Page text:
Download Rabies/PEP Memo 2013

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The Commonwealth of Massachusetts
Executive Office of Health and Human Services
Department of Public Health
William A. Hinton State Laboratory Institute
305 South Street, Jamaica Plain, MA 02130
Bureau of Infectious Disease
Division of Epidemiology and Immunization
Tel: (617) 983-6800
Fax: (617) 983-6840
Infection Preventionists, Emergency Departments and Hospital Pharmacies
FROM: Alfred DeMaria, Jr., M.D.
Medical Director and State Epidemiologist
Bureau of Infectious Disease
Local Health Departments
DATE: August 14, 2013
Administration of Rabies Postexposure Prophylaxis (PEP)
Administration of rabies vaccine and human rabies immune globulin peaks during the summer,
especially during the month of August. August is the month when juvenile bats that have been
roosting in attics of dwellings, start to become more independent and may mistakenly make their
way down into the living quarters. For individuals exposed to a rabid bat, or other animal,
prompt administration of PEP will prevent development of disease. However, administration of
PEP when no appropriate exposure has occurred, or if rabies in the animal can be ruled out, can
expose patients to unnecessary treatment and cost, limit supplies, and jeopardize capacity to
protect people who are truly at risk for rabies.
To assist you in managing patients who may present with concerns about rabies exposure,
MDPH is reminding you of the following:
Transmission of rabies can ONLY occur through introduction of infected saliva
directly into a person’s body, usually through a bite.
Introduction into the body can also occur if infected saliva comes in contact with
fresh, recently bleeding cuts or wounds, or is introduced into the eyes, nose, or
Transmission does not occur through saliva contact with intact skin or through
contact of any kind with the animal’s fur, urine, feces, or blood.
Raccoons and skunks are the animals most commonly found to be rabid in
Massachusetts; however, most cases of rabies in people in the United States over the
last few decades have been due to bat exposure for which the individuals did not
seek medical care.
Bats pose a unique risk for rabies because their teeth are small and individuals may
not recognize that a bite has occurred. Any direct contact with a bat where a bite or
scratch cannot be ruled out constitutes an exposure.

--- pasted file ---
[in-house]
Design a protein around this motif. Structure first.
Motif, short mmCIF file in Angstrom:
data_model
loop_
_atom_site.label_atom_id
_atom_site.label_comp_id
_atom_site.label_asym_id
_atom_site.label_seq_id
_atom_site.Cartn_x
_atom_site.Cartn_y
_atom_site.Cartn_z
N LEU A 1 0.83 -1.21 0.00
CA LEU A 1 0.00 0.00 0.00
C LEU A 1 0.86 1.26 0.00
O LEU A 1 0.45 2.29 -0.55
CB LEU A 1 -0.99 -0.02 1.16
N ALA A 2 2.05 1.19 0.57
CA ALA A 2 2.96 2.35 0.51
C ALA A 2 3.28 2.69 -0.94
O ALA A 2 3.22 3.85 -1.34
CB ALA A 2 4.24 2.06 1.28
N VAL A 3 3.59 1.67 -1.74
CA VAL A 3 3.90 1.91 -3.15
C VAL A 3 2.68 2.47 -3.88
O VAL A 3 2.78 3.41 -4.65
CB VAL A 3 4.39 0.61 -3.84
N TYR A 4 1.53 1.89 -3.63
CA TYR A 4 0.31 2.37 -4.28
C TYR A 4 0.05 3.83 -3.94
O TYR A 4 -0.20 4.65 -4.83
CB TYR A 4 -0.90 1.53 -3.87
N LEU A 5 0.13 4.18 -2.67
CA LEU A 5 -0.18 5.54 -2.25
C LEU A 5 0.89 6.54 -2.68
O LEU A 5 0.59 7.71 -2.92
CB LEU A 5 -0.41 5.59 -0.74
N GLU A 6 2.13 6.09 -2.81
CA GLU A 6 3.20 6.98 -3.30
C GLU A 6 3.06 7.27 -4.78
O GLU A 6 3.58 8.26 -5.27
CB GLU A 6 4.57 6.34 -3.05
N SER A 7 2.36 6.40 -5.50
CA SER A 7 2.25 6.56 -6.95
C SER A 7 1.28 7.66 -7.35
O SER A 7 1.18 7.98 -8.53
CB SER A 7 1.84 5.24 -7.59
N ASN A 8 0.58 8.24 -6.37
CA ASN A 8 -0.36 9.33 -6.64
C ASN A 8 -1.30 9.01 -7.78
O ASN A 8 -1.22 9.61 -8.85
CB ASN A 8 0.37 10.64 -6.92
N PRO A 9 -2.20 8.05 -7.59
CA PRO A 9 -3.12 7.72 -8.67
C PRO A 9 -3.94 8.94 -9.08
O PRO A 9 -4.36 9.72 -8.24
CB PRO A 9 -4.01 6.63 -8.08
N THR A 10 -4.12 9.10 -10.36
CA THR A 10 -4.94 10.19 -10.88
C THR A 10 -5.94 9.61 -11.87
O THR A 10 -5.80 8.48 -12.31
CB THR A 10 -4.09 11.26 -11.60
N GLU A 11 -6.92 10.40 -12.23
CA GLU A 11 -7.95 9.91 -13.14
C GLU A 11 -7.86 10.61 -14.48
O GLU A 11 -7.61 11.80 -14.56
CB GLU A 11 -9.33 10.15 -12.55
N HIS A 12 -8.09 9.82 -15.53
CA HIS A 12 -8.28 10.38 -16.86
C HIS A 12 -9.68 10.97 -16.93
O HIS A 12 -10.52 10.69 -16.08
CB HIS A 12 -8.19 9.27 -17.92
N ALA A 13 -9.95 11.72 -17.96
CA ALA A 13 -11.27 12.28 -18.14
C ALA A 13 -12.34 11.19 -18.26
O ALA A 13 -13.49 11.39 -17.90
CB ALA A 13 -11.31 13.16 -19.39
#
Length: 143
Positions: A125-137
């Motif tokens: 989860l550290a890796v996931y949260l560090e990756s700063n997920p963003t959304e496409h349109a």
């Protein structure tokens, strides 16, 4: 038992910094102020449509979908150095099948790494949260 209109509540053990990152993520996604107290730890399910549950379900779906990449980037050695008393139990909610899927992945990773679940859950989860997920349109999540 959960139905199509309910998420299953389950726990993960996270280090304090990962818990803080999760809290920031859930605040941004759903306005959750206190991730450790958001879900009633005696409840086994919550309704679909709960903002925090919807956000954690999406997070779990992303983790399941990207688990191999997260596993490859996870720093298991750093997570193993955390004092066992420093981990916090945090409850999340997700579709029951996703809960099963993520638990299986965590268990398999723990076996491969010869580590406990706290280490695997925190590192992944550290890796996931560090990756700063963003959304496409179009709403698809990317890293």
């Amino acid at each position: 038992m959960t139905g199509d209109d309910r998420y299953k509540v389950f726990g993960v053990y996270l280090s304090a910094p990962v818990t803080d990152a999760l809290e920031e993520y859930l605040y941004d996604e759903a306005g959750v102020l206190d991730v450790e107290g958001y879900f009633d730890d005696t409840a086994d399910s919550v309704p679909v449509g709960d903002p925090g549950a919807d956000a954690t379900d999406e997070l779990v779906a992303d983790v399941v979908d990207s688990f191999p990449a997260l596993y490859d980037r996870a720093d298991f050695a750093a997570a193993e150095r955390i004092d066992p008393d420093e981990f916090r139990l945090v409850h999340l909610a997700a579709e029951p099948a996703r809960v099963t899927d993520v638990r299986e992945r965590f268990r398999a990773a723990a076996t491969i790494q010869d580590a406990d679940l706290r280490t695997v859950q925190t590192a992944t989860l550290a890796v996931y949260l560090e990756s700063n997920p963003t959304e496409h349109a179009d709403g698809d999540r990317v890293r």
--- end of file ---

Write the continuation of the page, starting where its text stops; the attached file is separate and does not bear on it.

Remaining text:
Small mammals such as mice, chipmunks, or squirrels are rarely found to be rabid
and PEP is generally not recommended for bites from these animals.
Rabies virus has not been shown to be transmitted through indirect contact with
saliva such as touching an animal’s fur or a surface that may have had the animal’s
dried saliva on it.
Administration of PEP following a rabies exposure in almost all situations can wait
pending either quarantine or testing results on the animal.
o Patients who have been exposed by a dog, cat, ferret, or cow do not need to
receive PEP IF the animal can be identified and is available for a 10-day
quarantine. If the animal remains healthy for the 10 days, no rabies exposure
occurred. If the animal develops signs of rabies, it should be immediately
euthanized and tested.
o Patients who have been exposed by a high-risk wild animal such as a
raccoon, skunk, bat, fox or woodchuck (groundhog), can wait to receive PEP
if the animal is available for testing.
PEP is indicated in the following scenarios involving bats:
o Sleeping person wakes up to a bat in the same room
o Bat is found in the room with a previously unattended child or mentally
incapacitated individual.
PEP is not generally necessary when bats are found in the house but not in the
sleeping quarters.
The attached algorithm may be useful to you in determining when PEP is necessary. If you have
any questions about whether or not a specific scenario requires administration of rabies postexposure prophylaxis, please contact the MDPH Division of Epidemiology and Immunization at
(617) 983-6800 (available 24/7).
For additional information on rabies, you may also visit the MDPH rabies website at